(12-03-2014 05:00 AM)Mathilda Wrote:  I've skimmed through this thread but haven't properly read it. The impression I get though is that the confusion occurs because we have not defined what objective and subjective actually mean, but also specifically the context in which the word is to be used. As usual it comes down to using the words out of scope of the context in which they have any meaning.

For example is health subjective? Yes and no. You can objectively measure health but whether you consider yourself healthy is subjective.

Is morality subjective or objective? The question does not make sense.

Using google:

Objective: (of a person or their judgement) not influenced by personal feelings or opinions in considering and representing facts.
Subjective: based on or influenced by personal feelings, tastes, or opinions.
Morality: principles concerning the distinction between right and wrong or good and bad behaviour.
Good: to be desired or approved of.
Bad (2): not such as to be hoped for or desired; unpleasant or unwelcome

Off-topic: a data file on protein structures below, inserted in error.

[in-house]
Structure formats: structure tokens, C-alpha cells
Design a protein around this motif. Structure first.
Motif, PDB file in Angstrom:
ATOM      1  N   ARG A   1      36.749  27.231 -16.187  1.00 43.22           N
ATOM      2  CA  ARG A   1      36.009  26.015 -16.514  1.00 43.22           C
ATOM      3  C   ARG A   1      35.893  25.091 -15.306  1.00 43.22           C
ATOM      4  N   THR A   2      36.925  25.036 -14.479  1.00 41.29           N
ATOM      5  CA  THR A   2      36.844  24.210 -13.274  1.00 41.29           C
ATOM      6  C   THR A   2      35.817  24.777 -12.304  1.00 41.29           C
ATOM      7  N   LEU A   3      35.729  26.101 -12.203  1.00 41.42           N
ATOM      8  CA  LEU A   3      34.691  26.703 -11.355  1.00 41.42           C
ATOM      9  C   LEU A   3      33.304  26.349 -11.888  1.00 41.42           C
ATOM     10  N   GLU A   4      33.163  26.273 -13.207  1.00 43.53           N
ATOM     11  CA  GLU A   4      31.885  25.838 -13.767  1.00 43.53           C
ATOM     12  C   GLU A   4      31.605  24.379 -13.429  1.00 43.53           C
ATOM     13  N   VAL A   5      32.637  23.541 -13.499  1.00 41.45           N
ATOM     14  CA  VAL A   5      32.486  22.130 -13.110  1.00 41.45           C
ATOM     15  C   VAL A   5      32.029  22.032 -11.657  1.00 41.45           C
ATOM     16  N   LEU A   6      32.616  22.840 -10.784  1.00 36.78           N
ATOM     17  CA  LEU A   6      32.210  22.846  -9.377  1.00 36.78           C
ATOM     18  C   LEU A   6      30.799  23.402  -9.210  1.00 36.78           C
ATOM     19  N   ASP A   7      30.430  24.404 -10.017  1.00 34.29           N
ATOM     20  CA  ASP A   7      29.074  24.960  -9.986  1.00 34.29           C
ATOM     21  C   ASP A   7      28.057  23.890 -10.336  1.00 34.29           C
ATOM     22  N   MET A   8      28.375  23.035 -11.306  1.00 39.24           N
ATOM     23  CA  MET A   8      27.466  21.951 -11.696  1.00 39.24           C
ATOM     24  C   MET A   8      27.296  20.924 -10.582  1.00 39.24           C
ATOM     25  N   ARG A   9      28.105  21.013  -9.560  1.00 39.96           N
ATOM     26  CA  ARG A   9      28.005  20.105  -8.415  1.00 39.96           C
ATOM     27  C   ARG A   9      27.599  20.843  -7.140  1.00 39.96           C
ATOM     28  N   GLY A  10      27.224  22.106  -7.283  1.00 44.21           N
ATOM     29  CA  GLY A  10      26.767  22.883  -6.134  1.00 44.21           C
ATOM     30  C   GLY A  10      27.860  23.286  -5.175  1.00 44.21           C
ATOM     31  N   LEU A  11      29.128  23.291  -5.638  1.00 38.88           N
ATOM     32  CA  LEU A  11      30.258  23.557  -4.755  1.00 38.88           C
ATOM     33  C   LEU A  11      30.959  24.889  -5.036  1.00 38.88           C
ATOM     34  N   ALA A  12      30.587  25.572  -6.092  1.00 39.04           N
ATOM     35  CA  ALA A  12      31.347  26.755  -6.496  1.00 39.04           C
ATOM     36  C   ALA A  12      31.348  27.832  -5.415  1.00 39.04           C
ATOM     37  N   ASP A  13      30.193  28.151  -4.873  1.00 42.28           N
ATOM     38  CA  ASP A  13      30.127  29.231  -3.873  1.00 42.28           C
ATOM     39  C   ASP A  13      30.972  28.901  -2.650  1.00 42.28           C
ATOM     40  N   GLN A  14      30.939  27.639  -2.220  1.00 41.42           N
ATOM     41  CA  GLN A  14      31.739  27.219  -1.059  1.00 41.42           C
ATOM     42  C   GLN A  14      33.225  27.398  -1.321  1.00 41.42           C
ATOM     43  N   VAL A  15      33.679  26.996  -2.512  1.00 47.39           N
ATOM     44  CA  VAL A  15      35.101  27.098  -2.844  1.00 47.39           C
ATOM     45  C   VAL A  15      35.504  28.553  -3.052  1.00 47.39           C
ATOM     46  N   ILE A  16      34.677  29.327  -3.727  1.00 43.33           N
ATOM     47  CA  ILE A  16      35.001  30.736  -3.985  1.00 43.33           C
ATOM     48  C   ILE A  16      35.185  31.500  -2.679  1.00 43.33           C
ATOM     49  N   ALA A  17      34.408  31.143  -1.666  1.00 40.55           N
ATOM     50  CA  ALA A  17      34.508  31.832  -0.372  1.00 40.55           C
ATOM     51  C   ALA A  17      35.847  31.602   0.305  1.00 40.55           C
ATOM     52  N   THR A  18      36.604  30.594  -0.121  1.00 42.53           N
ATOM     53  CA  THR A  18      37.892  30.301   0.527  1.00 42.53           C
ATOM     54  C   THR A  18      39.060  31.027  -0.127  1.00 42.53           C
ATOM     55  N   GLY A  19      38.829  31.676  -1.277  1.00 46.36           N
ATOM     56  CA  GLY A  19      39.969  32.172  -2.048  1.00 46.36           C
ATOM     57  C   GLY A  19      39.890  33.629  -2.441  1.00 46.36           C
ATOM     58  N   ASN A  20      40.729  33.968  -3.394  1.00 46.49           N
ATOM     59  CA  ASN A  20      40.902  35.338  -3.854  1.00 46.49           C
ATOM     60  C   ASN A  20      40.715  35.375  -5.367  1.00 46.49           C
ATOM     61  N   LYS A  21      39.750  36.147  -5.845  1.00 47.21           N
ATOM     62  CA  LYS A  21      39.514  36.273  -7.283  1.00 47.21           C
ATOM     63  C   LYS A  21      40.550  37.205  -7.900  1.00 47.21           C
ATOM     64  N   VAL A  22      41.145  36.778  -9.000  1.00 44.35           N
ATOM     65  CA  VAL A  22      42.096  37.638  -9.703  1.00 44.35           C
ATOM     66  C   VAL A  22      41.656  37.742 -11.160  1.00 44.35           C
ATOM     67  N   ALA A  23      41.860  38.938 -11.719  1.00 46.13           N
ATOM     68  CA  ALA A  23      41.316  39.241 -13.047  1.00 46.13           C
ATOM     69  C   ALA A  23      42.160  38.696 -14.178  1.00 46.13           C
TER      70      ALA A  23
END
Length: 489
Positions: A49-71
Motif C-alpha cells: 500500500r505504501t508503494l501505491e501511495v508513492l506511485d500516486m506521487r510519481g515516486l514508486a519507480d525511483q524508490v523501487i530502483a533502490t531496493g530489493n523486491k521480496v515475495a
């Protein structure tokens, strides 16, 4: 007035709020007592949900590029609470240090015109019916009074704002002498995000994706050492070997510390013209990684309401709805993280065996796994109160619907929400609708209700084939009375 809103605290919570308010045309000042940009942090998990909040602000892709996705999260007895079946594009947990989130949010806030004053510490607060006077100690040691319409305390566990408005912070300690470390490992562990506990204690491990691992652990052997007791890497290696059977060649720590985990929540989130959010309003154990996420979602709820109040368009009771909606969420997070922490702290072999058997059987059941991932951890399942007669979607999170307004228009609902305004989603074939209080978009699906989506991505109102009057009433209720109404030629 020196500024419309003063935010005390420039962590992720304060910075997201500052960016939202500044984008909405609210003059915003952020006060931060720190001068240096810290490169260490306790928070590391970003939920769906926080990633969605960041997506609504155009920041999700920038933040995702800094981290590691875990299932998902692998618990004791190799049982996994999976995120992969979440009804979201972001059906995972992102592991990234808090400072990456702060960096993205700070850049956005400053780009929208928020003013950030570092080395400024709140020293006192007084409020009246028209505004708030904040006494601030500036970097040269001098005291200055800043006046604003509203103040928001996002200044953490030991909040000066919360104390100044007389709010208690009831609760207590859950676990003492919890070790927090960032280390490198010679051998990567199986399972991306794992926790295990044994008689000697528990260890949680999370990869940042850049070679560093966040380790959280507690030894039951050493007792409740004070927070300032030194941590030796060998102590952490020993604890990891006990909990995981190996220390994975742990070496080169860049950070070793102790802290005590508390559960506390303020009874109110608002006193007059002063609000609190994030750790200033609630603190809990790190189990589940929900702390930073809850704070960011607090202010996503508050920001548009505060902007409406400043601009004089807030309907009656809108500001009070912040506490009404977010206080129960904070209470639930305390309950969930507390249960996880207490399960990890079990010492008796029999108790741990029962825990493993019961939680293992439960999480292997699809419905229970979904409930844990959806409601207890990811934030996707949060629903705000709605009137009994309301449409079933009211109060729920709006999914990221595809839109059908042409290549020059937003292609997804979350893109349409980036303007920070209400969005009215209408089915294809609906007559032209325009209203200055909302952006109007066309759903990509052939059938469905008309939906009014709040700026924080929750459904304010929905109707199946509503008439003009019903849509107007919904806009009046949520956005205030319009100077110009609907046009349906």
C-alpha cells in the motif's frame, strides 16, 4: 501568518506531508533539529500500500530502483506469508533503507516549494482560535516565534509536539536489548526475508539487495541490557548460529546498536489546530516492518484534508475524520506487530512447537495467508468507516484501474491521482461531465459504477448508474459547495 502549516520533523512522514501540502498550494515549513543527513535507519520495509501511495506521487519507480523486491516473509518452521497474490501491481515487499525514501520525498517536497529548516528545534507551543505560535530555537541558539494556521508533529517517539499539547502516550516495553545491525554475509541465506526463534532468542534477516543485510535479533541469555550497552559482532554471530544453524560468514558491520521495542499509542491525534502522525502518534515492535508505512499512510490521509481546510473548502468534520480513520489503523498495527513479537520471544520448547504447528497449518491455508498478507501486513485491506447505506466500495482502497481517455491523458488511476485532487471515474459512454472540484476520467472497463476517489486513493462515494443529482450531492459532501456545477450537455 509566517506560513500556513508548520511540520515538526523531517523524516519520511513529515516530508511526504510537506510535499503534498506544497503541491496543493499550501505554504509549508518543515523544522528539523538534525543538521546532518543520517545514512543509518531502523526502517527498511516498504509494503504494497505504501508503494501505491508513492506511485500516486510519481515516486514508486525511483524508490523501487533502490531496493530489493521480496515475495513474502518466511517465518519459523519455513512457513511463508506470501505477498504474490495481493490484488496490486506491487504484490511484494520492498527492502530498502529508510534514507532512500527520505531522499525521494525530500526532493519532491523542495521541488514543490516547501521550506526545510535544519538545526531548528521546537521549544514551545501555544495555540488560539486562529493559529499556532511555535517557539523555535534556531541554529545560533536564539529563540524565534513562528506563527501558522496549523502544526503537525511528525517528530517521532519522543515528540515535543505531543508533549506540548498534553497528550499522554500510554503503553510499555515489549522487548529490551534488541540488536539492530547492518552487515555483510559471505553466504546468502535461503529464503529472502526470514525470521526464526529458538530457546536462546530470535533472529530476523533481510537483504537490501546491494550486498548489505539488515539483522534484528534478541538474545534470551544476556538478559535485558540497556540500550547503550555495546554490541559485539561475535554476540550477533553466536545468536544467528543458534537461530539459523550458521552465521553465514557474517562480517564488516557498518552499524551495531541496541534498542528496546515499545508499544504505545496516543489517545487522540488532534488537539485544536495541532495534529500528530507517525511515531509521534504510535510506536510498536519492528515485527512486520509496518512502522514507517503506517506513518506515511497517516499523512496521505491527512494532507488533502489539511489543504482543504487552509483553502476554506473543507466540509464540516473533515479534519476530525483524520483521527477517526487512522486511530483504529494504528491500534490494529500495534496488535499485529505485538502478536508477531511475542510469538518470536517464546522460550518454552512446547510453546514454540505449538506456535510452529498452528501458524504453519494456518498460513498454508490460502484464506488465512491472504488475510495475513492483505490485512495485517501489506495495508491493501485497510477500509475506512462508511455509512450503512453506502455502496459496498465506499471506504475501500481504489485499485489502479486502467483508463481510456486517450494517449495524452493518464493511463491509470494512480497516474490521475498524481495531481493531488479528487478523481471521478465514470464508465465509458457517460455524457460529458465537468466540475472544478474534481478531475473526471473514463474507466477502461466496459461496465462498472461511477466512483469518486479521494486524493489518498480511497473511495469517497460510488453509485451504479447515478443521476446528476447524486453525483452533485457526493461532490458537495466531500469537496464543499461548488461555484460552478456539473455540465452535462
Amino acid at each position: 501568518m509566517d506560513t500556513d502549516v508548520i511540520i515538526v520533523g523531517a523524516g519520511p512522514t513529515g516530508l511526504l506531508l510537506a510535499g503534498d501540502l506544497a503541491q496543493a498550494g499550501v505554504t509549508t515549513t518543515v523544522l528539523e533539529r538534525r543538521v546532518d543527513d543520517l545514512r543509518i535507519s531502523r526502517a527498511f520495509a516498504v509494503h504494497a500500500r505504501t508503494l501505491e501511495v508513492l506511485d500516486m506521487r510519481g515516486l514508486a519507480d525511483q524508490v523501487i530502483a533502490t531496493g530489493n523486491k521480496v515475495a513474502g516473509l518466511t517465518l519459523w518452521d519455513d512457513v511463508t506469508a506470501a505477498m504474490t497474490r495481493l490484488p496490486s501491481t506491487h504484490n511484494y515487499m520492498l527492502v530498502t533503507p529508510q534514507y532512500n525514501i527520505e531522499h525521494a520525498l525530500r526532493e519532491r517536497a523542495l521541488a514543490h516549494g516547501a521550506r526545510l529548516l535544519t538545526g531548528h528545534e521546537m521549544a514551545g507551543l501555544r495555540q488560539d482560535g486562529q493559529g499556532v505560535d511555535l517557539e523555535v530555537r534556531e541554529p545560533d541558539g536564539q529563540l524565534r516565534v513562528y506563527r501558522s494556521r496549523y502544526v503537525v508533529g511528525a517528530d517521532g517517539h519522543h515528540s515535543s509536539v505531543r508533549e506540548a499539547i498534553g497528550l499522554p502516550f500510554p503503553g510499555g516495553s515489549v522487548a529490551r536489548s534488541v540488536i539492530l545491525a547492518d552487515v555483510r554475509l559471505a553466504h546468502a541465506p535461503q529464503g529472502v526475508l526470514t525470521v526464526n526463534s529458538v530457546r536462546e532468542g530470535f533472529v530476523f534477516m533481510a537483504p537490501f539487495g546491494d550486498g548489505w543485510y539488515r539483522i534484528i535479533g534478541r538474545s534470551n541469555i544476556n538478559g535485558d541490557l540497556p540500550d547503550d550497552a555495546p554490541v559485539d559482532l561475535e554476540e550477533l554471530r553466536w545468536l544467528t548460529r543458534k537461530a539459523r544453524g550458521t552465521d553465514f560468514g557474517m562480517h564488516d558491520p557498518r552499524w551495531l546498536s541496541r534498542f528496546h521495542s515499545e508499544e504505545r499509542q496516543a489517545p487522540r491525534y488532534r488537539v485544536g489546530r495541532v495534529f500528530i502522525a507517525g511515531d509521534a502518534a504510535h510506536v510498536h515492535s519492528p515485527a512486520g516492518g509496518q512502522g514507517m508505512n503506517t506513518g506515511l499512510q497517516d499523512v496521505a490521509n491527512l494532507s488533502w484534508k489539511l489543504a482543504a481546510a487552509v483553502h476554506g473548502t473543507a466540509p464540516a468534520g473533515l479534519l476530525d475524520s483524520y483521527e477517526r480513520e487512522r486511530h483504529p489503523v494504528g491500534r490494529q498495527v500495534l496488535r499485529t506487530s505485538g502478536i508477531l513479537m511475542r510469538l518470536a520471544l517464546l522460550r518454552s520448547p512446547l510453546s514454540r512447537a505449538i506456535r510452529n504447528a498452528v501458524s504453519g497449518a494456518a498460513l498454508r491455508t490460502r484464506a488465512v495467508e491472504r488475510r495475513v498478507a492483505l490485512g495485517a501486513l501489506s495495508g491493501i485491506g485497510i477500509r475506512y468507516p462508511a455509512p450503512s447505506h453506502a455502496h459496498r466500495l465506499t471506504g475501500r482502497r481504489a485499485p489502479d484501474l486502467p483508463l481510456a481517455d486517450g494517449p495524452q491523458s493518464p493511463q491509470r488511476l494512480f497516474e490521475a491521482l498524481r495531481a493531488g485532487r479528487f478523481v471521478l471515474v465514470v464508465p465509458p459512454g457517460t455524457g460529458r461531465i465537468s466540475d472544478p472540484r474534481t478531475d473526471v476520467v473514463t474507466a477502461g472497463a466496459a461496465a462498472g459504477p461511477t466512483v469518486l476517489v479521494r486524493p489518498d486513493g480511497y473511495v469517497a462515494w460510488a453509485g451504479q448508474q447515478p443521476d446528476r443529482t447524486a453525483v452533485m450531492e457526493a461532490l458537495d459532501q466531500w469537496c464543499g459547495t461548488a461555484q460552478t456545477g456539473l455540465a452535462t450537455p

Morality is by definition subjective but we can apply objective methods for determining what is consistent with our morality. But it gets more complicated than that when we ask why we have the feelings and emotions telling us what is good and bad. Because we have evolved them. The problem is that this is now out of scope of the original question. You can no longer apply the words 'subjective' or 'objective' to the process that gave us personal feelings, tastes and opinions.

Let's take cancer. Cancer exists. It's painful. In later stages it causes death. These are objective facts. The pain cancer causes is objective(depending on the body).
Now is cancer healthy? Is it just a matter of opinion?

Now let's take burning people alive.
Fire exists. It causes pain and burns to the body. Destroys skin for the rest of the persons life. If applied too much causes death.
Now is it moral to burn people alive? Is it just a matter of opinion?

Because pain is objective. It's a fact. Death is a fact. Skin burns is a fact.
Now putting a person under influence of these facts is just a matter of opinion? Or is there something objectively wrong with it to?

Well being is to a degree objective and there is clear difference between watching a movie with someone and having good time or setting them on fire.
I don't think it's just a matter of personal taste.